The European Starling Isn't A Bird Breed You'll Want In Your Back Yard - Here's Why

European starlings may catch your eye with their iridescent feathers and captivating aerial displays. However, their introduction to North America in the late 19th century has caused numerous challenges due to their invasive nature. They compete intensely for nesting sites, displace native bird species, cause agricultural damage, and pose health concerns for animals and humans.

It might sound harsh to dislike a type of bird, but European starlings are considered undesirable backyard visitors due to their rapid reproduction and competitive behavior, which can disrupt the balance of local bird populations. Thankfully, there are effective and humane measures you can take to deter starlings without inadvertently affecting the birds you want to visit your feeder. In order to create a welcoming environment for desired bird species, it's helpful to have a solid understanding of the behavior of European starlings. This can help you minimize the impact of these birds and protect the beauty of your outdoor areas.

The downsides of European starlings

While European starlings are beneficial when it comes to consuming harmful insects, they can also cause economic losses for farmers and frustration for home gardeners due to their appetite for crops and garden fruits. Their foraging habits can create a mess by tearing open garbage bags and scattering trash, adding to their unwelcome presence. In addition, starlings are known carriers of diseases such as avian influenza and salmonella, which can be transmitted through direct contact and contaminated surfaces, water, and food sources.

Another significant concern with starlings is the noise pollution they generate. When flocking together in large numbers, they produce a cacophony of chirps, squawks, and whistles that can disrupt the peaceful ambiance of your yard. Finally, the aggressive behavior of starlings can be a source of concern as they compete aggressively with other birds for nest sites and food, potentially displacing native bird species.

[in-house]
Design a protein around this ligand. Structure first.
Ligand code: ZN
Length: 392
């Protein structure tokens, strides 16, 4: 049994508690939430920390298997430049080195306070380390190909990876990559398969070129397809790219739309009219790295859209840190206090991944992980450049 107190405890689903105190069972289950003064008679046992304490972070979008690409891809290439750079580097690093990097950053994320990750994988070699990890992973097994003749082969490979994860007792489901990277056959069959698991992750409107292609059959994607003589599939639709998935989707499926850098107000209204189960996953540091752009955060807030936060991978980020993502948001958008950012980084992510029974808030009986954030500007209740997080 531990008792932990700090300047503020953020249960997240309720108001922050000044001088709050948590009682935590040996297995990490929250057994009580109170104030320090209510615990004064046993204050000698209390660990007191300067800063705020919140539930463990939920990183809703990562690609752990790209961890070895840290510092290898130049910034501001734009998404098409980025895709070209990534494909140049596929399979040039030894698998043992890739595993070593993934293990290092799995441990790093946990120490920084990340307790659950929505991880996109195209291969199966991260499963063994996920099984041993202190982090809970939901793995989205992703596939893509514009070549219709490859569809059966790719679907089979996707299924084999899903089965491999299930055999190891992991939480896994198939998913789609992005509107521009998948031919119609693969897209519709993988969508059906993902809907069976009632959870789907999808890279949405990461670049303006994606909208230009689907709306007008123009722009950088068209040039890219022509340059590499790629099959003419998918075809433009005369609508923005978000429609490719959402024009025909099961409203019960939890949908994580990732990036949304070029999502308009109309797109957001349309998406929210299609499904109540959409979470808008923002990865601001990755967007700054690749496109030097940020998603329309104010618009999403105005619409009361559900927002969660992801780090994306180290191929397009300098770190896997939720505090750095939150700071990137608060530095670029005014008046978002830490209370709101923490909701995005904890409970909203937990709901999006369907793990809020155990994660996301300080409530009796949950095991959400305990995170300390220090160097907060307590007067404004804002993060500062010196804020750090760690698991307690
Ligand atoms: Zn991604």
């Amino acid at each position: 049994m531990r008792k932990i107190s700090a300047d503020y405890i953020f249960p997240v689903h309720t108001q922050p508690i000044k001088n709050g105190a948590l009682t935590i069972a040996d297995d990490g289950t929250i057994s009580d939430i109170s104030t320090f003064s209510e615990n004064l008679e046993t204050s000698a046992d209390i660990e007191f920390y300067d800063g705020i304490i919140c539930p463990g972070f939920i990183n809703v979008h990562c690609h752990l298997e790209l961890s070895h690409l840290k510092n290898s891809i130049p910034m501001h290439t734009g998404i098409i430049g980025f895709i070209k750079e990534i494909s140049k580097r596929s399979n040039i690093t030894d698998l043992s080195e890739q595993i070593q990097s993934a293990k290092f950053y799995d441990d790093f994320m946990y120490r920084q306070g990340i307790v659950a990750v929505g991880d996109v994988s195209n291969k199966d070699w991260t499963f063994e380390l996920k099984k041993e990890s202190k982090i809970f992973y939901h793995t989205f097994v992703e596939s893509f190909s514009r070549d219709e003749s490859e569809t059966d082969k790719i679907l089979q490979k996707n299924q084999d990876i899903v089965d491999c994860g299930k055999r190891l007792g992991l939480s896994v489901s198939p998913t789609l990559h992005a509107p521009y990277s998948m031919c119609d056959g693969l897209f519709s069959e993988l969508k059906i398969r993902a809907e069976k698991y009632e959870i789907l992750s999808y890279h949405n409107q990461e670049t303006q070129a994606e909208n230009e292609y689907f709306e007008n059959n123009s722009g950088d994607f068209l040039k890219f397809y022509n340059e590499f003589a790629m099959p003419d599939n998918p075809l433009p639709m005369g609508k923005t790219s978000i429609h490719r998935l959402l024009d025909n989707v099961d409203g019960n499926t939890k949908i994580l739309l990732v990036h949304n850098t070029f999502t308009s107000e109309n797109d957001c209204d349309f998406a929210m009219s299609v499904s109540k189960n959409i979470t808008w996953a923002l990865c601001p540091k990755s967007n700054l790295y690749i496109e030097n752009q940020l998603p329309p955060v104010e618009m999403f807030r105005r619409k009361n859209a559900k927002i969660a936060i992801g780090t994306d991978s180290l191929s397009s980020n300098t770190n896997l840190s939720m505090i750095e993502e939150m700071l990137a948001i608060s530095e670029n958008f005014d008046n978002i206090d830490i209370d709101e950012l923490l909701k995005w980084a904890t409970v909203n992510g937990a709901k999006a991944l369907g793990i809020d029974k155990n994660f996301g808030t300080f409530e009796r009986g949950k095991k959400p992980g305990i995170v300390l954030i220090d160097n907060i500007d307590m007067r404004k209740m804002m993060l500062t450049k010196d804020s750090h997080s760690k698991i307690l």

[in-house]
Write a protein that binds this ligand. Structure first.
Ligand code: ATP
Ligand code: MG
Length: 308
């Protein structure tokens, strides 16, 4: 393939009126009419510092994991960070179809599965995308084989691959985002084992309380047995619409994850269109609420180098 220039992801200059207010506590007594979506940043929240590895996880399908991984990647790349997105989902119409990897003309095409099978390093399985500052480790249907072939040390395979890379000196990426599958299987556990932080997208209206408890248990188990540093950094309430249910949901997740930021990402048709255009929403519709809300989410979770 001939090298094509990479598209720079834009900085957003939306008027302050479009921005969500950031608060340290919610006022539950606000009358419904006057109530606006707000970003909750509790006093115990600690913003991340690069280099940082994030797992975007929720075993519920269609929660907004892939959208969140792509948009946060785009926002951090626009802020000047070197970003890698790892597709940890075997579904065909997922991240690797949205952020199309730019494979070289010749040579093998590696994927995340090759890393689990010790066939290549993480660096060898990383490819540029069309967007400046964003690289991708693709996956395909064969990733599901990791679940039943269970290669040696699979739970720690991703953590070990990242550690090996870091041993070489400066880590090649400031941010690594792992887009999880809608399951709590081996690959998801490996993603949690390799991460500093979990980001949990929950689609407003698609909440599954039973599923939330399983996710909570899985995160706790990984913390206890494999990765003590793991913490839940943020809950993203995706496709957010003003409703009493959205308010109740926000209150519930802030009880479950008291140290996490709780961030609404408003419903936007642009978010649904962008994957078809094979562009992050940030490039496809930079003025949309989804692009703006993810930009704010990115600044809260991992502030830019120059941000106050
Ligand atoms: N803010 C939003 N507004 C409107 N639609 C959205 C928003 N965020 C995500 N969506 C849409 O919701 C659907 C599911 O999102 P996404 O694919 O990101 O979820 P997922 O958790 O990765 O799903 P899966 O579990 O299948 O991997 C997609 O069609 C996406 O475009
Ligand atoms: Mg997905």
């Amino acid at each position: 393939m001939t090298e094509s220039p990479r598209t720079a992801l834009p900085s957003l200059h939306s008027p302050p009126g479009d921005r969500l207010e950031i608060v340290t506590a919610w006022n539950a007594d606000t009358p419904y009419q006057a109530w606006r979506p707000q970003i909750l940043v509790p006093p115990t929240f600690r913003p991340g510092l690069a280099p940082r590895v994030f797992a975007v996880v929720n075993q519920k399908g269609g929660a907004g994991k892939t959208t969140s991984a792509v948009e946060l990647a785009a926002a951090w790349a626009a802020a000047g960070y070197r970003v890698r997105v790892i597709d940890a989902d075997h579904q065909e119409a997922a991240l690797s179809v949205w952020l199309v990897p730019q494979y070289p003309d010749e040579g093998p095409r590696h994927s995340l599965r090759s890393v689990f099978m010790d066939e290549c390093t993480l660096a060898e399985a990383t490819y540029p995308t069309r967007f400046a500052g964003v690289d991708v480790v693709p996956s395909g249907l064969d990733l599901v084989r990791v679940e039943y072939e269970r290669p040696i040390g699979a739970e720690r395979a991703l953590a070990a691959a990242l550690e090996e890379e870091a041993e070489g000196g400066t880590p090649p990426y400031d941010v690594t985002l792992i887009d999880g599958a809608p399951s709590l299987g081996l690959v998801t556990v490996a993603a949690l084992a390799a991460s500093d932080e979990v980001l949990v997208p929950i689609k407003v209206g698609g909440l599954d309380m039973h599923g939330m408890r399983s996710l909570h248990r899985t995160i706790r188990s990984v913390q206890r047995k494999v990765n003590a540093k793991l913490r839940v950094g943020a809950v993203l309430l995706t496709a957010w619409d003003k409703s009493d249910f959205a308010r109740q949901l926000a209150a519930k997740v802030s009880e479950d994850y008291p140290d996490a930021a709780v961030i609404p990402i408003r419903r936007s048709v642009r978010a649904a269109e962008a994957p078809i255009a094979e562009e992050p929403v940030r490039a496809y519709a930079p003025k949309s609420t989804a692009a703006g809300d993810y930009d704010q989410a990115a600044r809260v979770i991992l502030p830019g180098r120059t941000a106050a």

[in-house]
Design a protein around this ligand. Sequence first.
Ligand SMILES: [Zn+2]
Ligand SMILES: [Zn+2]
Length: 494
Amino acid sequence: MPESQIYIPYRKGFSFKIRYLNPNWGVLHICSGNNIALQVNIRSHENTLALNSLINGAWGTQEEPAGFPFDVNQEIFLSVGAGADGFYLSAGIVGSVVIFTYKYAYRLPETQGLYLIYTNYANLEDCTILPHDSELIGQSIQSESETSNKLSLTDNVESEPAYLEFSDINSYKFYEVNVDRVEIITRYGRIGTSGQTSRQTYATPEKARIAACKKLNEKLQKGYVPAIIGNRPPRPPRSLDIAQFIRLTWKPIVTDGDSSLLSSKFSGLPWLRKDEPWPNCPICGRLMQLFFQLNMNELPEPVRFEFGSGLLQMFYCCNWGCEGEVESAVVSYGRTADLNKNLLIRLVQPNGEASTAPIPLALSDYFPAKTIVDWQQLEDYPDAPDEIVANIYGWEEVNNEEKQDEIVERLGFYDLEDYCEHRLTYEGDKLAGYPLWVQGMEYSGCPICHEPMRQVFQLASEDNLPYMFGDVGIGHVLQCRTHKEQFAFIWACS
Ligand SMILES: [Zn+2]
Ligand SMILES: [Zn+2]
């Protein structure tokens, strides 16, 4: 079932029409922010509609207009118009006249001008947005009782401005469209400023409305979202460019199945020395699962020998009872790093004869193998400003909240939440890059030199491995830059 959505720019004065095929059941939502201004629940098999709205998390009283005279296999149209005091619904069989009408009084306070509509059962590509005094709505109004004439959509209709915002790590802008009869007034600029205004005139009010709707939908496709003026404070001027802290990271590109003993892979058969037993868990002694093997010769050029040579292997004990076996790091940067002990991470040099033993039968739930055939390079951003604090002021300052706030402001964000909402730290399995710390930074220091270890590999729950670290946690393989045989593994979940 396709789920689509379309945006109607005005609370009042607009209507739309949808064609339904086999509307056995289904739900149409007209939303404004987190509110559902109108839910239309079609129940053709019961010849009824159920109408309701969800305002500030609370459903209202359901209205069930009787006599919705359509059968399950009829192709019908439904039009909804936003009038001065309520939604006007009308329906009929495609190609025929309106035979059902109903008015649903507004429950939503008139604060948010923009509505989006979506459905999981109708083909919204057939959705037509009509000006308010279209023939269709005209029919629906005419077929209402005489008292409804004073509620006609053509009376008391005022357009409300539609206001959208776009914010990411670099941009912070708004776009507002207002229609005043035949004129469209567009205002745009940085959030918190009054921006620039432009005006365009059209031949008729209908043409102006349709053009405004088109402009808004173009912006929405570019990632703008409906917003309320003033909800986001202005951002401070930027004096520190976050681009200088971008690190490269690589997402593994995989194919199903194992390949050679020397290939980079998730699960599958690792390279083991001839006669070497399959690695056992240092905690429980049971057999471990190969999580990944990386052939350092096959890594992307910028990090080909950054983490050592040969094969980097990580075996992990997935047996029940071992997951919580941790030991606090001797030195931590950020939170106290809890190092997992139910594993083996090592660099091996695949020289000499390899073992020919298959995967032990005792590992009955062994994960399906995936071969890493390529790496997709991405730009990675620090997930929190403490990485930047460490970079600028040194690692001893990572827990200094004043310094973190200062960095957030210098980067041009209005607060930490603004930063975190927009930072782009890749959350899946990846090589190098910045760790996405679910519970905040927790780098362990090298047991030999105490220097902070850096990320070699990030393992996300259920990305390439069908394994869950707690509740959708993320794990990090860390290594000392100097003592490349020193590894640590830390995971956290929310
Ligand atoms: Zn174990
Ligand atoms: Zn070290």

Keeping European starlings at bay

Keeping European starlings out of your yard requires a combination of strategies. For instance, you can try using a feeder that's harder for them to access, such as caged or clinging feeders designed to accommodate smaller native bird species. You can also use seed blends that they don't like, such as those with safflower seeds.

Another thing to consider is where they might nest. Starlings like nooks and crannies, so try sealing off potential spots like gaps in buildings or chimneys. You can also set up nest boxes designed to deter starlings and attract native bird species instead. The birds are sensitive to sudden loud noises and unpredictable movement, so you can also incorporate wind chimes or reflective tape to make them uncomfortable. Finally, starlings like to roost in groups, so try to make your yard less appealing. Prune tree branches where they might hang out and use bird spikes on flat surfaces.